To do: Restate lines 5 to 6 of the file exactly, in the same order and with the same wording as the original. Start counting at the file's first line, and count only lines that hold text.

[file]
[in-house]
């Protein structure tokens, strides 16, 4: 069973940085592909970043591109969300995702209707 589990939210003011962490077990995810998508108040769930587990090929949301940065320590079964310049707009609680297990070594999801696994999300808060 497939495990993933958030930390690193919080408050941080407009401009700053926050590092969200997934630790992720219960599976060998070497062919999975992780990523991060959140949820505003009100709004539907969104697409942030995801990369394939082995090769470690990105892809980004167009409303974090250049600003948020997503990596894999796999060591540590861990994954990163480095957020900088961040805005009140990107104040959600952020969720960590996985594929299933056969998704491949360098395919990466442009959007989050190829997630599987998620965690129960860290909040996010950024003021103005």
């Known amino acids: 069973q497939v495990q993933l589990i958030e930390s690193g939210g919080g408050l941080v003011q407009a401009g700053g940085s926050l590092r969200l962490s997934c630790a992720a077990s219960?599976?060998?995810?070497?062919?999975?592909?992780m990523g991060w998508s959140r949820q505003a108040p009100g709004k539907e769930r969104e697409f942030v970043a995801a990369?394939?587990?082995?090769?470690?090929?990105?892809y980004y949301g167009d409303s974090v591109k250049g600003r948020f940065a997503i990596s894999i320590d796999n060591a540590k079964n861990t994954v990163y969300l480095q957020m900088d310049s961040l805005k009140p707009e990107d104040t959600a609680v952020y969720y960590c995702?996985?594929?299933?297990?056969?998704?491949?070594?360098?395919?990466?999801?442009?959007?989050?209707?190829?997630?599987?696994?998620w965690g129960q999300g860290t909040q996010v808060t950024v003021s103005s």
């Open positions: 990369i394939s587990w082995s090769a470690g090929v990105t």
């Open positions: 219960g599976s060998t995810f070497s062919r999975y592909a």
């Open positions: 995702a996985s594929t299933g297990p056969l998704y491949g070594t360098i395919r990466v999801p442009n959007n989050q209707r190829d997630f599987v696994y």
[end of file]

């Open positions: 219960g599976s060998t995810f070497s062919r999975y592909a």
């Open positions: 995702a996985s594929t299933g297990p056969l998704y491949g070594t360098i395919r990466v999801p442009n959007n989050q209707r190829d997630f599987v696994y």